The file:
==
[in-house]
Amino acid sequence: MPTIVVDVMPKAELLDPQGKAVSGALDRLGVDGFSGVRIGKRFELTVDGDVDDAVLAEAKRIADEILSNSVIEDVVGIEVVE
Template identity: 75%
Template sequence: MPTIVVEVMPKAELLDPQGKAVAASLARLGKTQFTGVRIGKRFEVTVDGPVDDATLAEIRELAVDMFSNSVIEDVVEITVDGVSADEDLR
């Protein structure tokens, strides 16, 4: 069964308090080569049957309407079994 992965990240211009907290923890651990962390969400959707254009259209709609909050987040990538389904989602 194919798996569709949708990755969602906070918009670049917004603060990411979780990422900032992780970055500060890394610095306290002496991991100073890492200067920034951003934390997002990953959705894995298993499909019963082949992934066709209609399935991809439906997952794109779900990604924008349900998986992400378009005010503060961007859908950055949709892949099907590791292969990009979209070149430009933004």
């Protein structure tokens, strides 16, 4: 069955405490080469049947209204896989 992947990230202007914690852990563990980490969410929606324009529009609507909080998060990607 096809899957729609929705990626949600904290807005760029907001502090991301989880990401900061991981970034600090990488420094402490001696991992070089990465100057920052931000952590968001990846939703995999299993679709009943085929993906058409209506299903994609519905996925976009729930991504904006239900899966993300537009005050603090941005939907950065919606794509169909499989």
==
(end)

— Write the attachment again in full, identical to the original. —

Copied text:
[in-house]
Amino acid sequence: MPTIVVDVMPKAELLDPQGKAVSGALDRLGVDGFSGVRIGKRFELTVDGDVDDAVLAEAKRIADEILSNSVIEDVVGIEVVE
Template identity: 75%
Template sequence: MPTIVVEVMPKAELLDPQGKAVAASLARLGKTQFTGVRIGKRFEVTVDGPVDDATLAEIRELAVDMFSNSVIEDVVEITVDGVSADEDLR
């Protein structure tokens, strides 16, 4: 069964308090080569049957309407079994 992965990240211009907290923890651990962390969400959707254009259209709609909050987040990538389904989602 194919798996569709949708990755969602906070918009670049917004603060990411979780990422900032992780970055500060890394610095306290002496991991100073890492200067920034951003934390997002990953959705894995298993499909019963082949992934066709209609399935991809439906997952794109779900990604924008349900998986992400378009005010503060961007859908950055949709892949099907590791292969990009979209070149430009933004």
């Protein structure tokens, strides 16, 4: 069955405490080469049947209204896989 992947990230202007914690852990563990980490969410929606324009529009609507909080998060990607 096809899957729609929705990626949600904290807005760029907001502090991301989880990401900061991981970034600090990488420094402490001696991992070089990465100057920052931000952590968001990846939703995999299993679709009943085929993906058409209506299903994609519905996925976009729930991504904006239900899966993300537009005050603090941005939907950065919606794509169909499989």